As the new school year begins, I’ve been catching up on young adult literature; being a teacher gives me an excuse to put down hefty literary tomes and cerebral collections of literature and jump into visits to Hogwarts, Paradise, Ohio, or Forks, Washington.
Last week I raced through the second book in the Lorien Legacies series, The Power of Six. I’m also in the midst of The Knife of Never Letting Go (book one of the Chaos Walking trilogy). I’m eagerly anticipating the final book in the Maze Runner series coming out in October, The Death Cure. During my daily commute to school, I’m listening to the Emerald Atlas.
And the good thing is, these are all largely popular series. By many accounts, the myth that the current generation of students is turning into illiterate buffoons is being debunked. Reports are showing that these students are reading more, not less, than other generations. And fears of a crumbling book industry–Borders excepted–are looking to be false.
If you’ve ever successfully navigated through my living room’s piles and shelves of books, it would be easy to see that I’m something of a bibliophile. Somewhere in the chain of schooling and parenting the concept of being a “lifelong reader” clicked into place and has taken hold since long before I exited the K-12 public schooling system. However, as I’ve been looking at the kinds of books that are being produced for young adults and children today, I wonder how much the publishing industry and its expectations of readers have shifted.
Largely, the biggest change I see is one that I find problematic–particularly with regard to creating “lifelong readers.” This change is serialization. All of the books I mentioned I’m reading at the beginning of this post are purposefully designed series with have-to-know-what-happens-next cliffhangers concluding all but the final book. Publishers are stringing teen audiences along more than before.
Yes, there were serialized books and series long before Potter and Katniss and Cullen. And yes, I would say that serialization has often been common in genres like mystery, sci-fi, and mystery. And yes, I would even go so far as to acknowledge that serialization has been a large part of the publishing industry’s modus operandi from the beginning; books by Dickens and Dumas, for instance, began as serialized chapters in newspapers.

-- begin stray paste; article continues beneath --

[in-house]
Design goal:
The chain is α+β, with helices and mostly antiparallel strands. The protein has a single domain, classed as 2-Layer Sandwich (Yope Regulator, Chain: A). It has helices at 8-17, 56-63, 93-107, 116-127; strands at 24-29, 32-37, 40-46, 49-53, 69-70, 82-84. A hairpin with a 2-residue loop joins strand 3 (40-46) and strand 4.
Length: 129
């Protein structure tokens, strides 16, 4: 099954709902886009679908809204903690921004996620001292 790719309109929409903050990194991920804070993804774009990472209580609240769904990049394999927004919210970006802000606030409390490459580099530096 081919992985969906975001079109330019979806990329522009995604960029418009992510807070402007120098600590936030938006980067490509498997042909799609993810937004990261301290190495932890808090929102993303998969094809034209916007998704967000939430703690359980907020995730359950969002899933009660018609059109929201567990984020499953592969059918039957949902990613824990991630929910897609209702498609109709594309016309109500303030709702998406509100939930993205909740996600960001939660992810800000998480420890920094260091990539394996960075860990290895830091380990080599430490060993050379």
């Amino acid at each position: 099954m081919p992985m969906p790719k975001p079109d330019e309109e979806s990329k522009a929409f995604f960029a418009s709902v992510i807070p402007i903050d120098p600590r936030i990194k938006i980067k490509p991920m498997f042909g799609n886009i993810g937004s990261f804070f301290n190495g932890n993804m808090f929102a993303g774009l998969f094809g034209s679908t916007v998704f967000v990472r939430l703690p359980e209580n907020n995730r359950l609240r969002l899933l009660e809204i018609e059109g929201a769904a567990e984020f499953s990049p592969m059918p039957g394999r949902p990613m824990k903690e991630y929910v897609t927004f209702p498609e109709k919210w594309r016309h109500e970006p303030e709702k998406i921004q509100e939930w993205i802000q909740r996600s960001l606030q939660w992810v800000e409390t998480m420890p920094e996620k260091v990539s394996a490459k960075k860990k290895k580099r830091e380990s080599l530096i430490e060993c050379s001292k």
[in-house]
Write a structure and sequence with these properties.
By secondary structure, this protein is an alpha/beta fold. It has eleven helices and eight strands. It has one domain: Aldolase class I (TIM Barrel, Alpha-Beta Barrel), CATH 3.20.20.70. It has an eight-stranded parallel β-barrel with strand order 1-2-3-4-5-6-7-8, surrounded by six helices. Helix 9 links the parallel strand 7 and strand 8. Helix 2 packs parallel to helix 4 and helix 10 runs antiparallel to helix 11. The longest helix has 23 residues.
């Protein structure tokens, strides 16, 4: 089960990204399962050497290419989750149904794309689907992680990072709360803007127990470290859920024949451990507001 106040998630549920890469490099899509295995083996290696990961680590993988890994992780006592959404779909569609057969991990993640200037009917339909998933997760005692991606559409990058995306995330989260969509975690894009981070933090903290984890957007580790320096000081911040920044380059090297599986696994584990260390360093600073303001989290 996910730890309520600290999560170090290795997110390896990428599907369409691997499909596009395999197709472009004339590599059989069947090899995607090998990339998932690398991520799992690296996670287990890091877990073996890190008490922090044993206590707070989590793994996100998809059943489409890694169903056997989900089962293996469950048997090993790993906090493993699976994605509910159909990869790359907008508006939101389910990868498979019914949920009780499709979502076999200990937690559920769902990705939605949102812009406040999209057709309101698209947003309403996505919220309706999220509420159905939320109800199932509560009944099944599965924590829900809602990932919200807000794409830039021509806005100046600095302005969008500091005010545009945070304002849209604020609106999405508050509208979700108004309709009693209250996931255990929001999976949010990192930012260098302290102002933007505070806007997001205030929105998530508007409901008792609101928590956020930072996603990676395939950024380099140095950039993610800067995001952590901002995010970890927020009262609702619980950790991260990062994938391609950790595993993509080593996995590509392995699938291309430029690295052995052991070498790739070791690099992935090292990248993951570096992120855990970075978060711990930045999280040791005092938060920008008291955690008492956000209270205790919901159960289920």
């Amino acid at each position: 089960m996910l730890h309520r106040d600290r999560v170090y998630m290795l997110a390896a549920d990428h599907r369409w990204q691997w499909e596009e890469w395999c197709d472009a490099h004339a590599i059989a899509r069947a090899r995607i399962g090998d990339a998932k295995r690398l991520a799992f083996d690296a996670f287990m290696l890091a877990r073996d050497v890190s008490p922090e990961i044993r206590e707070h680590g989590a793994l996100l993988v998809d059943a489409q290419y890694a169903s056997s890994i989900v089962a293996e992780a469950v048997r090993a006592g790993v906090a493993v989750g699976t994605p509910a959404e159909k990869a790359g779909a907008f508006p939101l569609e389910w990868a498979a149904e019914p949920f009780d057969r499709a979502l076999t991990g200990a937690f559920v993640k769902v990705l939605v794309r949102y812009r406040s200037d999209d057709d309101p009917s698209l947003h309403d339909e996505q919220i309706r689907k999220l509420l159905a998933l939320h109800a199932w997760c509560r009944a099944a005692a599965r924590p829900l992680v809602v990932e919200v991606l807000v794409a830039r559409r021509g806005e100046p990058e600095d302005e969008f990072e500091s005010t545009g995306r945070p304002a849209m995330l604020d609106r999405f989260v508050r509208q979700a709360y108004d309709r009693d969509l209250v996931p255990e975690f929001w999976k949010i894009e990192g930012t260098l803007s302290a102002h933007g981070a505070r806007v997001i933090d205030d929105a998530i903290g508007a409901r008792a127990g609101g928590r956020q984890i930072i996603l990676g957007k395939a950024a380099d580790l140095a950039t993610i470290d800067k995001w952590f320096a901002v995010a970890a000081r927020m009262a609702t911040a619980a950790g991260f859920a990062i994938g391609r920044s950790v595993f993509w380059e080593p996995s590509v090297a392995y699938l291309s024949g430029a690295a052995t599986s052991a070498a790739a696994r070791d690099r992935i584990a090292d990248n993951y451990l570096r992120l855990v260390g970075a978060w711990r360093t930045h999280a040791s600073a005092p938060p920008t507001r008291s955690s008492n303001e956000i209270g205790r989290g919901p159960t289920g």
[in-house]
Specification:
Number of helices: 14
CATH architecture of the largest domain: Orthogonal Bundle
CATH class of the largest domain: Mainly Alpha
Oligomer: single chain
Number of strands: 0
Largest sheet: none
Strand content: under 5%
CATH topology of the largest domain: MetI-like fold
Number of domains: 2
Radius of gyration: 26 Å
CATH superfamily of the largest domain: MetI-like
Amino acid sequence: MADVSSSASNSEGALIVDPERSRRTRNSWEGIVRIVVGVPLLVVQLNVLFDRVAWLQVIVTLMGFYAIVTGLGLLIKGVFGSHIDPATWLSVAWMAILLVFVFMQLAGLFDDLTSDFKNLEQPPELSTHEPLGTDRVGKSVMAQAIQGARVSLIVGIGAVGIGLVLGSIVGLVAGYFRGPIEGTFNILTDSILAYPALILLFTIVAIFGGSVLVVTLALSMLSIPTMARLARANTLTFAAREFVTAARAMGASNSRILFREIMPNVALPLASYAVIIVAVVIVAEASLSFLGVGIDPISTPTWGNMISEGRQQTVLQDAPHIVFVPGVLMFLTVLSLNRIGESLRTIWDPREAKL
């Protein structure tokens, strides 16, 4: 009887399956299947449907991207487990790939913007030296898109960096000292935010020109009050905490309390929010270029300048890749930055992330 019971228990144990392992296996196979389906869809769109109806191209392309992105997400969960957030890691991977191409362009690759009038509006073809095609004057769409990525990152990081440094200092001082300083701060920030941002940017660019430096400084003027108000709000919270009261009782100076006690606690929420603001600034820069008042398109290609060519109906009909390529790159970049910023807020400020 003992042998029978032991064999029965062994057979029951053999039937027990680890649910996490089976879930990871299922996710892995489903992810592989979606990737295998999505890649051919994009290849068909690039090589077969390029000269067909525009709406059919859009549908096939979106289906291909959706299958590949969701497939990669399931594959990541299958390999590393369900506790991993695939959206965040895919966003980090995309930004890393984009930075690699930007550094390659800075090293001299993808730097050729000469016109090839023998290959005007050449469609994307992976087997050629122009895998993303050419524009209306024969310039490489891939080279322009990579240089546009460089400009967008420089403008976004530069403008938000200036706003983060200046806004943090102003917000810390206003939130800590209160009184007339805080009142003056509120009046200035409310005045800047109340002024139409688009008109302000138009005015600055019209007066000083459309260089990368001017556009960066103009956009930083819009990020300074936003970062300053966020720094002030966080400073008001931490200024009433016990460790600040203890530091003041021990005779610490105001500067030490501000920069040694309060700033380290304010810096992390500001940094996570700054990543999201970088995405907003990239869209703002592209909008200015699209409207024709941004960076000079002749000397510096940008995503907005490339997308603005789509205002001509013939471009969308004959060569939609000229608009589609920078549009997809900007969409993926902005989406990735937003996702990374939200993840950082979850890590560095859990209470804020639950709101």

The problem, today, is that if I am a young and avid reader there are limited options for me in the flourishing publishing market. I am being catered to as a very specific type of actor within the book market. The last remaining holdout of corporate booksellers, Barnes and Noble, now has shelves in their teen section specifically labeled for “Paranormal Romance.”
To put it more specifically, to be a lifelong reader is–for the most part–an explicit encouragement to be a consumer. Flying through one book with the need to finish the series is an expensive proposition. And with limited library hours and fewer library options for students particularly at my school (did I mention our school currently doesn’t have a librarian?), this isn’t a very feasible option. Teachers I work closely with often personally finance student reading interests, but going to Barnes and Noble nearly every weekend to buy the novels and manga that will interest students isn’t a sustainable model (my checking account can attest to this).
Finally, how are YA authors being encouraged to make the leap to from young adult to adult texts? Where the serialized gimmick is helpful in certain genres, I’m concerned that it is now replacing other ways young people traditionally related to and came to appreciate books.
What happens to book reading when it is trivialized to little more than long, continuing soap operas?
No, I’m not predicting any kind of death knell for the printed word or making a call for boycott or anything along those lines. I am however, worried that as a society we are not looking at the shifts in reading practices of young people and that, in turn, we are not looking at the shifts in capitalist practices of booksellers. Yes, kids like vampire series and post apocalyptic literature that goes on and on. But they like that, on the one hand, because they aren’t being offered many other alternatives. They are particularly not being offered many self-enclosed novels.
Ultimately yes, of course I hope all of my students are passionate “lifelong readers.” But I’m also hopeful that all of my students are offered the opportunity to choose the kinds of books they read. I am hopeful that they are not limited to series because series equal more money for publishers.
NOTE: In snapping some pictures at my local corporate bookseller for this post, I was reminded of just how white popular YA is. What happens when the racial and cultural experiences of my students are not expressed as popular literature?